CLAYTON -- City Manager Gary Napper praised the town's emergency response to the 3,100-acre Mount Diablo fire before turning to money matters at the Sept. 17 City Council meeting.
Thanking emergency responders, the city staff, council members and residents who helped when fire broke out on a weekend, Napper noted, "None of the money we (city of Clayton) spent is reimbursable by the state."
City government efforts to keep a balanced budget and bring pension fund debts current have remained focused since the 2008 economic downturn, followed by a state of California takeover of local redevelopment agencies.
Council members unanimously approved updated fees for the coming fiscal year, discussed efforts to recoup about $850,000 claimed by the state, and approved an emergency shelter site to qualify for federal aid funds in the event of an emergency.
"Fees have not been changed since July 2012," said Laura Hoffmeister, assistant to the city manager.
The updated Clayton fees are tied to the April 2013 San Francisco Region Consumer Price Index, which means a 2.4 percent fee increase over 2012 levels.
By August 2013, the CPI index dropped by .8 percent.
"No new fees have been added to the schedule," Hoffmeister said. However, rental fees for soccer could increase next year.
Mayor Julie Pierce asked Napper the odds are for getting the city's money back on a $475,000 firehouse project loan to its former redevelopment agency, and a $376,424 election cost refund due to Clayton from Contra Costa County.
"About the same as the Giants winning the pennant," Napper said jokingly. "The Department of Finance has the hammer."
Napper explained that Concord sent a letter protesting the state's claim that the Concord's municipal garages (redevelopment projects) should be sold, with the proceeds going to the state.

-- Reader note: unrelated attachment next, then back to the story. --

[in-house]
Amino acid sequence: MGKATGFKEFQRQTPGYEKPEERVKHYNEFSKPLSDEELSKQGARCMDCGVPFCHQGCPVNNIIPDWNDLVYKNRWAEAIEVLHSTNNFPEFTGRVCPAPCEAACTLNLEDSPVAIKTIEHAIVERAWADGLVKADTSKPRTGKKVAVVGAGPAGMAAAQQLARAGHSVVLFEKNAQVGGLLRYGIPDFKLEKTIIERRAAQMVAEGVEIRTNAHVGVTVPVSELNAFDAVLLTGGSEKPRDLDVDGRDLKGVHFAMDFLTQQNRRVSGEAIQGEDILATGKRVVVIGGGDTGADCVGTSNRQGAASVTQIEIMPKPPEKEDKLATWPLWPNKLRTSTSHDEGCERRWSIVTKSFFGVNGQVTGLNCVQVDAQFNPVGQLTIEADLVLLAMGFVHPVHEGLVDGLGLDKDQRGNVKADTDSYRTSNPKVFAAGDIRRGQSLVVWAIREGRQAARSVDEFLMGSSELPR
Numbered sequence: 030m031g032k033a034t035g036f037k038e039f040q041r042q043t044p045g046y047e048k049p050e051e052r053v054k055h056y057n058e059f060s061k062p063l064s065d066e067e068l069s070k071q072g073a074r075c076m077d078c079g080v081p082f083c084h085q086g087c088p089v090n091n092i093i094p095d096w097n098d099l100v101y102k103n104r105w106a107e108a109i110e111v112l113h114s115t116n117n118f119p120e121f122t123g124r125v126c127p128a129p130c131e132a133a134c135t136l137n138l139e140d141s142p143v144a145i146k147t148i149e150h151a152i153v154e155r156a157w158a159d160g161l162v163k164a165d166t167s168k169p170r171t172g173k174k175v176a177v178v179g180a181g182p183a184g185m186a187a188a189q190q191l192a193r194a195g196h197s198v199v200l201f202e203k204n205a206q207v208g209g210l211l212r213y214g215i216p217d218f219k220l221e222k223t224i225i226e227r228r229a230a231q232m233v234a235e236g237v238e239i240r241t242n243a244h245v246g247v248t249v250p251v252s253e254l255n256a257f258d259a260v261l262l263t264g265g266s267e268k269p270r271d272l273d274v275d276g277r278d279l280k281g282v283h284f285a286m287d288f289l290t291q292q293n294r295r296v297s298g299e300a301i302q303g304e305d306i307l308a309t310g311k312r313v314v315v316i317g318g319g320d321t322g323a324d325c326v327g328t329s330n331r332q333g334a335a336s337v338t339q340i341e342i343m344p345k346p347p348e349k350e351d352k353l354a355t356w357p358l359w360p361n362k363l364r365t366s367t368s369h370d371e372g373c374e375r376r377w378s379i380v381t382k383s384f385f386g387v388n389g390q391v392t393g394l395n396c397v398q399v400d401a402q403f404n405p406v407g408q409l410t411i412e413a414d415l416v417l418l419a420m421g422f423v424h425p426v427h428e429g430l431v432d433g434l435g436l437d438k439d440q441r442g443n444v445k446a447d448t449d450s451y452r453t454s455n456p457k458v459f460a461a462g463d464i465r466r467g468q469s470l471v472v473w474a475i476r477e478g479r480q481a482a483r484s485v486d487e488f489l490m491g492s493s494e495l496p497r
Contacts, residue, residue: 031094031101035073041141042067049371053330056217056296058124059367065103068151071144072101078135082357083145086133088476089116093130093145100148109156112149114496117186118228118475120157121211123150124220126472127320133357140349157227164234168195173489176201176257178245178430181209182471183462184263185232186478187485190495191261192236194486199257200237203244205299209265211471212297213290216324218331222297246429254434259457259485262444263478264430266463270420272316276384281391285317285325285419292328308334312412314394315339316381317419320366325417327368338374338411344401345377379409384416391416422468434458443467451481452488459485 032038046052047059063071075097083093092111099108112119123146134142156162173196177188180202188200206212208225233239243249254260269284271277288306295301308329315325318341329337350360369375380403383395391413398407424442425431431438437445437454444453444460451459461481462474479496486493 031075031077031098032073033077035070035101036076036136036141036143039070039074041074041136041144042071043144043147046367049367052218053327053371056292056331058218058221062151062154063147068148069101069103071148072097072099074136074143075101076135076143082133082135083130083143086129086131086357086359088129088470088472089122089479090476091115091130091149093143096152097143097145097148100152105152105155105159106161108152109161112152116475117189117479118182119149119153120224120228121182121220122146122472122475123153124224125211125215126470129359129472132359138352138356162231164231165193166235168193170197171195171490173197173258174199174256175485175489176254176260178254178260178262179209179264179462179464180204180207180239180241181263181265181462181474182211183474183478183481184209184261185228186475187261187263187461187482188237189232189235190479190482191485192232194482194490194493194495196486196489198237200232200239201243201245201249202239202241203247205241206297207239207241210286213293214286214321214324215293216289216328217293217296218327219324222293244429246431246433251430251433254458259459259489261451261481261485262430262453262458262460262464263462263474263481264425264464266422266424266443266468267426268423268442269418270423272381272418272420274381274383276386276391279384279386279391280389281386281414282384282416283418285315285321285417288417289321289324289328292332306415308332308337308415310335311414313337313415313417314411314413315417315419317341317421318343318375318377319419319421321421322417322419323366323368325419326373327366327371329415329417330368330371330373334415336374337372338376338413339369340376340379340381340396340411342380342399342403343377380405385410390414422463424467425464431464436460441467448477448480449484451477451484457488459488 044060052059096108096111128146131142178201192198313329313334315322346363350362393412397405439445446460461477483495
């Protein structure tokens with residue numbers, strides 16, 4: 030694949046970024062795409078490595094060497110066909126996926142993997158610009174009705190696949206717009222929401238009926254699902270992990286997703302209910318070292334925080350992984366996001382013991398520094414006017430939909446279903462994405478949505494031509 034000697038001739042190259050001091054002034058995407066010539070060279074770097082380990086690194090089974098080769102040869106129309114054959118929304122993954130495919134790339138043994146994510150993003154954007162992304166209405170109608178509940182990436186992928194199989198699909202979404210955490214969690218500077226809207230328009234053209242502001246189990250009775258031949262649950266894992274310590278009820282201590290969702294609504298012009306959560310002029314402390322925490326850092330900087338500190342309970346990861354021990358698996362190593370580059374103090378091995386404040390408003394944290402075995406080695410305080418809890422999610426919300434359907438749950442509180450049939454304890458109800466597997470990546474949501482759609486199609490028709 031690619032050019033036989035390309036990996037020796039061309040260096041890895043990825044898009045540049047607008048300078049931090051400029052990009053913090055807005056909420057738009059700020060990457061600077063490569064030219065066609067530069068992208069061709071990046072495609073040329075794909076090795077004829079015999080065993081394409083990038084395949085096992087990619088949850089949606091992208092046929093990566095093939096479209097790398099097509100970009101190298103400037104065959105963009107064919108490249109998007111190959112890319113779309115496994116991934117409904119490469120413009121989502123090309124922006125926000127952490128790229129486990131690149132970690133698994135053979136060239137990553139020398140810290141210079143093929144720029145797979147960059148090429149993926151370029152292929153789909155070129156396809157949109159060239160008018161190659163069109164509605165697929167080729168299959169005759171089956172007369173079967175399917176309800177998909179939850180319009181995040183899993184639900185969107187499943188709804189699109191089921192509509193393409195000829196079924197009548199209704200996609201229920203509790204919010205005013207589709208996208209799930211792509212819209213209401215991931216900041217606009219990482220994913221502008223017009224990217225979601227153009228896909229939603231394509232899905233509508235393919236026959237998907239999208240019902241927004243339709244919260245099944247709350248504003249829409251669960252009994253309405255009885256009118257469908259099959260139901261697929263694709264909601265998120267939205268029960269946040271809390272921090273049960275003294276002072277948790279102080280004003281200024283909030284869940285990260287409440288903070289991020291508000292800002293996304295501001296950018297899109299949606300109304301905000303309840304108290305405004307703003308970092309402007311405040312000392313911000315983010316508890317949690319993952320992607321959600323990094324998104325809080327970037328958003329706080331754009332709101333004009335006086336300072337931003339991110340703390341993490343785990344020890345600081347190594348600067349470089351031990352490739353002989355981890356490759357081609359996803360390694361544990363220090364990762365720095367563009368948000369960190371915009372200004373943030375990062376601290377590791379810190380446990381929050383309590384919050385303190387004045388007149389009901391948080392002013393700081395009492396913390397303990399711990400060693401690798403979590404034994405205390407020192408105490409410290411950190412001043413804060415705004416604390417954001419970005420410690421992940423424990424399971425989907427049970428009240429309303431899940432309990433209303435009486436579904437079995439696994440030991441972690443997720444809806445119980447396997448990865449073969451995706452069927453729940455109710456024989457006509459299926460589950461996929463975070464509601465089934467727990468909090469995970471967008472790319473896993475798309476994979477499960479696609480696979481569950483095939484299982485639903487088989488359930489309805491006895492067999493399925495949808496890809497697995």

Napper said, given that background, he thinks the odds are slim.
Pierce said, "The public should know that we are still trying to get our own tax money back."
Then the council approved the Clayton Redevelopment Successor Agency's 5th Recognized Obligations Payment Schedule, a state-required report on the disposition of redevelopment assets and liabilities.
Concord Economic Development and Housing Manager John Montagh confirmed that, as part of an ongoing process, a final determination has yet to be made on the status of the Concord municipal garages.
"Department of Finance is the one that is in control," Montagh said.
The courts are the only recourse if a Finance Department decision is unfavorable for a city.
"There are 150 court actions (related to dissolution of redevelopment agencies)," Montagh said.
Also at the Clayton meeting, council approval of a housing element amendment designating a potential emergency shelter site in the area of the Clayton Library will help ensure financial help in case of an emergency or disaster. Cities must have an emergency preparedness plan in place prior to a claim for emergency assistance.
Councilman Howard Geller recapped the successful summer music events and said he is planning to invite the most popular bands back for 2014. Pierce reminded the audience, "No city money pays for concerts, not even for police and staff."
Reach Dana Guzzetti@ email@example.com or call 925-202-9292.